There are many aspects of a finished comic that take it from good to great, and one of those essential things is the setting of a story. It’s what causes your reality to fade around you as you become invested in the story and its characters; it is, essentially, what makes the whole thing seem real.
For anyone going through a hard time or just having a bad day, good stories with magical settings and likeable characters can get you through it or cheer you up after a rough patch.
Would the world of Harry Potter be the same without the magic of Hogwarts? What about Alice without Wonderland? Batman without Gotham? The setting, often overlooked, is just as important as the story and characters.
This week’s topic is ‘Stunning Settings’ and the following are my favourite picks out of the comics I’ve read as of late:
Ancient Ireland – The Hound
Written and illustrated by Irish artist Paul Bolger, The Hound is the reimagining of Ireland’s greatest myth – the life and times of the warrior Cú Chulainn. The black and white northern kingdom of Ulla, the palatial seat of King Connor, features some truly stunning artwork and landmarks that are especially highlighted because of the lack of colour except for dashes of red throughout the book.
Many of Ireland’s natural national treasures are featured in the book as well, including the beautiful Giant’s Causeway, known as the Fomorian Stones in the story. With a simple yet arresting structure, a place called Brunaboyne, the Great Mother’s Mound, otherwise known as Brú na Bóinne as gaeilge which is one of our world’s most important prehistoric sites. I don’t know about anyone else, but I get rather excited when I see landmarks or places that I’ve been to myself or that I know well when I read comics. Granted, it can take you out of the moment a little as you giddily read on, but it’s a nice touch all the same.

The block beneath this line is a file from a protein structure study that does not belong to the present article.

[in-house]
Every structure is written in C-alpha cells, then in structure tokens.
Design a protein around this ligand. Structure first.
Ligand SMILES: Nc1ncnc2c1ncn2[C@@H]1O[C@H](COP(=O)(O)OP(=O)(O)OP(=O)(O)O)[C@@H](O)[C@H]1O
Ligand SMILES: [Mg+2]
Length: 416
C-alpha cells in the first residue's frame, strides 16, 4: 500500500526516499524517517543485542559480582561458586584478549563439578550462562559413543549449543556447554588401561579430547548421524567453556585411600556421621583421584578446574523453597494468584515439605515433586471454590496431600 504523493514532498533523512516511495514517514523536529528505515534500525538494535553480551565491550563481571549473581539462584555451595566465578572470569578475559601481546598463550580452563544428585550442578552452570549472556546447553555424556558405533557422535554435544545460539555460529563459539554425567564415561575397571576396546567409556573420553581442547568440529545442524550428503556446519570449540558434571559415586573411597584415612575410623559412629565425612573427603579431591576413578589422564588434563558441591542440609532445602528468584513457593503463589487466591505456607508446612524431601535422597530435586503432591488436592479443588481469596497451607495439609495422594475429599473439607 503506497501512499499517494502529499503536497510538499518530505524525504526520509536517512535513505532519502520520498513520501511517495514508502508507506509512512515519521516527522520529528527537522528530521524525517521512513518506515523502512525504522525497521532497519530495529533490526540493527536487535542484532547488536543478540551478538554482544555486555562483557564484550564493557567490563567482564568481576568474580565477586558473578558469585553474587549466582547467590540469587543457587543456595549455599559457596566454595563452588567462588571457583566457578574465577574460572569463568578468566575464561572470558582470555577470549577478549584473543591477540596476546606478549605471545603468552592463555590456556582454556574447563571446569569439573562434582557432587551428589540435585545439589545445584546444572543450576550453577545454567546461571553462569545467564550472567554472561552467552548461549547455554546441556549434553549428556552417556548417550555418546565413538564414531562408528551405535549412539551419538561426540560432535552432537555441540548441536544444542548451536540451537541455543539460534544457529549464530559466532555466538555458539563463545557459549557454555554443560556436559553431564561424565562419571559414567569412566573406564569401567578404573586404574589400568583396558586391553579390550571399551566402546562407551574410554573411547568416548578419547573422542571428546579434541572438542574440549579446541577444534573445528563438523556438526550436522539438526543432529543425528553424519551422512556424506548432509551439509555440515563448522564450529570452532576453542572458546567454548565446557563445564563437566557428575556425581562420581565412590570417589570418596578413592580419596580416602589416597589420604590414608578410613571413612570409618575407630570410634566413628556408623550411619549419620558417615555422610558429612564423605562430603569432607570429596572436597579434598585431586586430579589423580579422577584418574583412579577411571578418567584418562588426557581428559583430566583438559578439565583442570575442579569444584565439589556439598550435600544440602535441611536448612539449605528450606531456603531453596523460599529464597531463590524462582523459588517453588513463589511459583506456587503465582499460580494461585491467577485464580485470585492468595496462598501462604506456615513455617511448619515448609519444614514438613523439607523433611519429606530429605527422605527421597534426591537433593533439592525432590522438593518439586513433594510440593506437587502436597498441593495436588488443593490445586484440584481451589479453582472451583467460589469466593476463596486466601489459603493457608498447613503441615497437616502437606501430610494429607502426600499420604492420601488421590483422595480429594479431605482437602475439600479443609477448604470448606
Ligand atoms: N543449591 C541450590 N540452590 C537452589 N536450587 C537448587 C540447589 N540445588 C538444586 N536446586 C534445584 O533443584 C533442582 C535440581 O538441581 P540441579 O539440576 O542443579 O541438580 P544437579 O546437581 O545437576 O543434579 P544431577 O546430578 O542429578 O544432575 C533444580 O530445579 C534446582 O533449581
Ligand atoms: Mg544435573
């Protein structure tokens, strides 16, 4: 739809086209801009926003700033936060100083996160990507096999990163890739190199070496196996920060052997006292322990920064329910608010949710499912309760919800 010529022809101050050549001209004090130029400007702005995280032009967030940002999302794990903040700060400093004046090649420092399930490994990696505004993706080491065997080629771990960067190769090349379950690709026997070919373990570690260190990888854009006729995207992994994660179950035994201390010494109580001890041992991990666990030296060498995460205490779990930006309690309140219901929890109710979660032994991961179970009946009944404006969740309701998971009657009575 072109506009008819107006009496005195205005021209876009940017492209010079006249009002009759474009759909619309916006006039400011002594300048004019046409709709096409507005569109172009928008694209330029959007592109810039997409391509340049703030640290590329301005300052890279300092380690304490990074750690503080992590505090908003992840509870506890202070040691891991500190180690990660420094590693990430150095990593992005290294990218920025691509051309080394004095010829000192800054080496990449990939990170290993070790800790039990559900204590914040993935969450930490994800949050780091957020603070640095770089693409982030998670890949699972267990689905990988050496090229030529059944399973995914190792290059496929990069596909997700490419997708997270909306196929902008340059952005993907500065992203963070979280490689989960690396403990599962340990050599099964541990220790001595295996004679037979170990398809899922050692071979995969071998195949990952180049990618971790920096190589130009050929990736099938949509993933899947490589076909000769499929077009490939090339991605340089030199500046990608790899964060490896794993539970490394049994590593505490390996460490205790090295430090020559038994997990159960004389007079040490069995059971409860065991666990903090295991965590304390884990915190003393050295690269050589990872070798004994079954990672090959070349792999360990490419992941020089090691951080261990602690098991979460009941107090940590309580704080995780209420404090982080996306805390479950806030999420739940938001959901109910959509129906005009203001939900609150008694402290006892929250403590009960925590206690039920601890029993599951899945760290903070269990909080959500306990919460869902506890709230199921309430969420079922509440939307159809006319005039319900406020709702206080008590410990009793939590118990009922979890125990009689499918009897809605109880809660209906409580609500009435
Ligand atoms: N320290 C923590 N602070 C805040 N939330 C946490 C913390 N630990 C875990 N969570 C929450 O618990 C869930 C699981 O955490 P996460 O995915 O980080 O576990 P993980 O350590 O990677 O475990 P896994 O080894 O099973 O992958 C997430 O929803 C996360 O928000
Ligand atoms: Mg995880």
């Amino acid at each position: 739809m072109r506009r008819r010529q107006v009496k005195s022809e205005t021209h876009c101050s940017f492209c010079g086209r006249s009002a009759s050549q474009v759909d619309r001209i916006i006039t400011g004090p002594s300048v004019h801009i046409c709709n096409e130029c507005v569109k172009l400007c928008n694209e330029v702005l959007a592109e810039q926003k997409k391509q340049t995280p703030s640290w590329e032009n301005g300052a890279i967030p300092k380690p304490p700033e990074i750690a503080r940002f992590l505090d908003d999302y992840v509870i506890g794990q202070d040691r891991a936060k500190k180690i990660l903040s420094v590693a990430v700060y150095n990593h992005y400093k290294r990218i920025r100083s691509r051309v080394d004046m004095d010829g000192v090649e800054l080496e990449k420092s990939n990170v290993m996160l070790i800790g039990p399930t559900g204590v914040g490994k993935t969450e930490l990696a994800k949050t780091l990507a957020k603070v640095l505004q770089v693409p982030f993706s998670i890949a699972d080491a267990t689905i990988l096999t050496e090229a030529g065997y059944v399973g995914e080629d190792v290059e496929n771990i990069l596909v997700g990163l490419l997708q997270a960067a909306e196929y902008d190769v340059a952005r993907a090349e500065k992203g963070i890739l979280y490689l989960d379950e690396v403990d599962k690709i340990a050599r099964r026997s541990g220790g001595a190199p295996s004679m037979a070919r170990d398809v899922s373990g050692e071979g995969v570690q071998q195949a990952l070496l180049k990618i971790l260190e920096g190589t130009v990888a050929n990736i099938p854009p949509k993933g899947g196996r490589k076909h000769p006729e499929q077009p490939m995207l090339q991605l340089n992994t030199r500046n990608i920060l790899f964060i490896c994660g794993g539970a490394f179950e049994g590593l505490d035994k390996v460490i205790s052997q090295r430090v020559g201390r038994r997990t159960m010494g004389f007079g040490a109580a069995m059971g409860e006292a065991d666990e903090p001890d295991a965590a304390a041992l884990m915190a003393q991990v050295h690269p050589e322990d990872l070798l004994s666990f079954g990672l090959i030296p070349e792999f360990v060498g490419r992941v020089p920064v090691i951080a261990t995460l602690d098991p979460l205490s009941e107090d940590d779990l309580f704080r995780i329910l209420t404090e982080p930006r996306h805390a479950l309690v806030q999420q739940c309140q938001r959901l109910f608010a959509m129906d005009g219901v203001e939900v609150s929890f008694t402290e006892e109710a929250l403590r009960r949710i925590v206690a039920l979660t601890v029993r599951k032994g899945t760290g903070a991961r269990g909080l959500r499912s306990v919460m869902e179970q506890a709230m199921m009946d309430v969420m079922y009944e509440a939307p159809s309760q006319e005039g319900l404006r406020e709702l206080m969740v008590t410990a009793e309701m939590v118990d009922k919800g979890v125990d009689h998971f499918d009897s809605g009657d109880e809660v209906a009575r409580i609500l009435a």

Even simple places in the world of The Hound like Farrell’s Farm with its low stone rows and circular enclosements are so beautifully drawn and stay true to the setting and the tone of the book and the story, along with other favourites of mine like the rustic yet regal hall of King Connor and the Isle of Skye. None, however, are so beautiful as Tig Cullen, the blacksmith’s forge. With a nearby lake mirroring the high turrets and torches of the forge, as well as the unique art, the two page spread is so stunningly presented you really do have to stop reading for a minute to take it all in.
Asgard – Thor
No list about stunning scenes and places in comics could be complete without at least mentioning Asgard, home to the Asgardians based on Norse mythology. The capital city of the same name is the main place we see featured, most recently in the Marvel’s Thor. The bifrost is one of the most iconic images of Asgard; a burning rainbow bridge, it reaches from Midgard (our world) to Asgard (the realm of the gods) and connects the two.
With magnificent towers layered in an impeccably laid out golden city, Asgard is fit for a realm of gods. The throne room, too, is always a beautiful backdrop to whatever issue Odin or Thor have to deal with (usually Loki) while the vast plain of water and buildings below add to the noble tone of the comics.
Cleave – Saga
Not only is Saga a fantastic graphic novel for the story and characters alone, it also has some awesome settings which, to me, make it pretty much perfect. Saga is about star-crossed lovers Marko and Alana who come from very different, warring worlds, Landfall and its moon Wreath, in search of a safe haven for themselves and their daughter, Hazel.
Some of the best moments of the series happen when the couple are together fighting their way through all kinds of strange and terrible situations. The constants throughout are their love and the unusual settings. One such place is called Murder Valley on the planet Cleave, which the two come across on their way to find the Rocketship Forest, another one of the more memorable scenes. They witness their two native armies in a full on battle at Murder Valley with both sand and sky filled with blood thirsty soldiers.
The clue is in the name when it comes to the Rocketship Forest, as it was at one time populated with living, sentient rocketship-plants. Trippy, I know. Izabel, Alana and Marko’s Horror companion, revealed one of the rocketships to the couple and their infant daughter so they could escape the forces hunting them down. The scene inside the tree was so cool as it wasn’t at all as I expected; with a foyer (I can still hear Marko’s excitement!) and a menagerie of glowing roots and sprouts throughout along with ample greenery and tropical plants growing out of the engine room… or is it the kitchen?
Overall, even though Alana and Marko move between places and planets in the quest for sanctuary, the settings are always thoughtfully created with more than a little quirk about them.
What do you think? What are some of your favourite settings? Let me know in the comments below!